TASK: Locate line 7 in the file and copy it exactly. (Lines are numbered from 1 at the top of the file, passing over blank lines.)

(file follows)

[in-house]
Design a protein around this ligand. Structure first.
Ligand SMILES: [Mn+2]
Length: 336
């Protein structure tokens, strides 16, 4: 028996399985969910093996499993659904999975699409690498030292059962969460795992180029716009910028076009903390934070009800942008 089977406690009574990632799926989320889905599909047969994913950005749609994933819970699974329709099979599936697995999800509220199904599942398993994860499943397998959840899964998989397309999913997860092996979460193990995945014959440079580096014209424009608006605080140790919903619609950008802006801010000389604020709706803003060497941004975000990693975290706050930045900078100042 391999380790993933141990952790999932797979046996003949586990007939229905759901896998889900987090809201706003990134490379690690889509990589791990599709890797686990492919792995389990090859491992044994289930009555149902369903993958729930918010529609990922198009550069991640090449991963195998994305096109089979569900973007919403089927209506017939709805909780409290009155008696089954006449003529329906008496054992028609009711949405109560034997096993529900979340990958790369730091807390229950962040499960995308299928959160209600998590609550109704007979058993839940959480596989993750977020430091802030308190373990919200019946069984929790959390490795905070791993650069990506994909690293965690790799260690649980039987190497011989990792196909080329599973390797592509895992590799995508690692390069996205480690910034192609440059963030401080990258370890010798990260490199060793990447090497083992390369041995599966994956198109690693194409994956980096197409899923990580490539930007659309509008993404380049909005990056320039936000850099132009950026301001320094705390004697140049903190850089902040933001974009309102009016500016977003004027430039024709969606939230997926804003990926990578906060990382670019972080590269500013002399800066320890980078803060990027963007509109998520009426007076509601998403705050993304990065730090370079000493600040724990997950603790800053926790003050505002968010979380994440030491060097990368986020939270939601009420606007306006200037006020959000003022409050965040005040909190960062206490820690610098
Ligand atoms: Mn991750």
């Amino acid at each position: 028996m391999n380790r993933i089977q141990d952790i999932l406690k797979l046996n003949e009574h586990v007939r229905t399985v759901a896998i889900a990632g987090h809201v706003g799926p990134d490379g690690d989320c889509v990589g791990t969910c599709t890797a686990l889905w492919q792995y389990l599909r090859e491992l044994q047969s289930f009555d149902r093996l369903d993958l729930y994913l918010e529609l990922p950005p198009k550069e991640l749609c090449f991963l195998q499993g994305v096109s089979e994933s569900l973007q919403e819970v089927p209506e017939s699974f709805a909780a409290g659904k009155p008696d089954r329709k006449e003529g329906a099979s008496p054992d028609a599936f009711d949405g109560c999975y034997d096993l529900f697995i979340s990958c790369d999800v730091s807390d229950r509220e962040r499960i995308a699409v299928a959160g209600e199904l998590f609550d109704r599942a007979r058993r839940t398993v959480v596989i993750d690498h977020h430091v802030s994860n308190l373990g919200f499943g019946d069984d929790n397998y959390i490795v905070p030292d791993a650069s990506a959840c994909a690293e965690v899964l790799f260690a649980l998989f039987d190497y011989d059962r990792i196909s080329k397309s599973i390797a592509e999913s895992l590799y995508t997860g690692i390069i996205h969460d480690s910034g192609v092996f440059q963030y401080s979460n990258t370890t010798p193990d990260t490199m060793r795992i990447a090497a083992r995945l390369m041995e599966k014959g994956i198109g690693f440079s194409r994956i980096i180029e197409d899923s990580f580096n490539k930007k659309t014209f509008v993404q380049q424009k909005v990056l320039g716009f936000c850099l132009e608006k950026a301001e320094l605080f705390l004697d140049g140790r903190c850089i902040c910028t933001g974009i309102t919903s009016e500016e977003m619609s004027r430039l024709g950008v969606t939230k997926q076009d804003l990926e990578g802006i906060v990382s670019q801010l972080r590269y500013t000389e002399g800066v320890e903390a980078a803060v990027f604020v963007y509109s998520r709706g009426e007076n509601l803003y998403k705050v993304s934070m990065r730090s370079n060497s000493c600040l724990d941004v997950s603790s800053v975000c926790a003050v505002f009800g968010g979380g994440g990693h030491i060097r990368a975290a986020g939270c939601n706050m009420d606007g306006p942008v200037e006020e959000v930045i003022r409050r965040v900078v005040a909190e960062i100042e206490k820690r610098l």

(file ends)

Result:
């Amino acid at each position: 028996m391999n380790r993933i089977q141990d952790i999932l406690k797979l046996n003949e009574h586990v007939r229905t399985v759901a896998i889900a990632g987090h809201v706003g799926p990134d490379g690690d989320c889509v990589g791990t969910c599709t890797a686990l889905w492919q792995y389990l599909r090859e491992l044994q047969s289930f009555d149902r093996l369903d993958l729930y994913l918010e529609l990922p950005p198009k550069e991640l749609c090449f991963l195998q499993g994305v096109s089979e994933s569900l973007q919403e819970v089927p209506e017939s699974f709805a909780a409290g659904k009155p008696d089954r329709k006449e003529g329906a099979s008496p054992d028609a599936f009711d949405g109560c999975y034997d096993l529900f697995i979340s990958c790369d999800v730091s807390d229950r509220e962040r499960i995308a699409v299928a959160g209600e199904l998590f609550d109704r599942a007979r058993r839940t398993v959480v596989i993750d690498h977020h430091v802030s994860n308190l373990g919200f499943g019946d069984d929790n397998y959390i490795v905070p030292d791993a650069s990506a959840c994909a690293e965690v899964l790799f260690a649980l998989f039987d190497y011989d059962r990792i196909s080329k397309s599973i390797a592509e999913s895992l590799y995508t997860g690692i390069i996205h969460d480690s910034g192609v092996f440059q963030y401080s979460n990258t370890t010798p193990d990260t490199m060793r795992i990447a090497a083992r995945l390369m041995e599966k014959g994956i198109g690693f440079s194409r994956i980096i180029e197409d899923s990580f580096n490539k930007k659309t014209f509008v993404q380049q424009k909005v990056l320039g716009f936000c850099l132009e608006k950026a301001e320094l605080f705390l004697d140049g140790r903190c850089i902040c910028t933001g974009i309102t919903s009016e500016e977003m619609s004027r430039l024709g950008v969606t939230k997926q076009d804003l990926e990578g802006i906060v990382s670019q801010l972080r590269y500013t000389e002399g800066v320890e903390a980078a803060v990027f604020v963007y509109s998520r709706g009426e007076n509601l803003y998403k705050v993304s934070m990065r730090s370079n060497s000493c600040l724990d941004v997950s603790s800053v975000c926790a003050v505002f009800g968010g979380g994440g990693h030491i060097r990368a975290a986020g939270c939601n706050m009420d606007g306006p942008v200037e006020e959000v930045i003022r409050r965040v900078v005040a909190e960062i100042e206490k820690r610098l």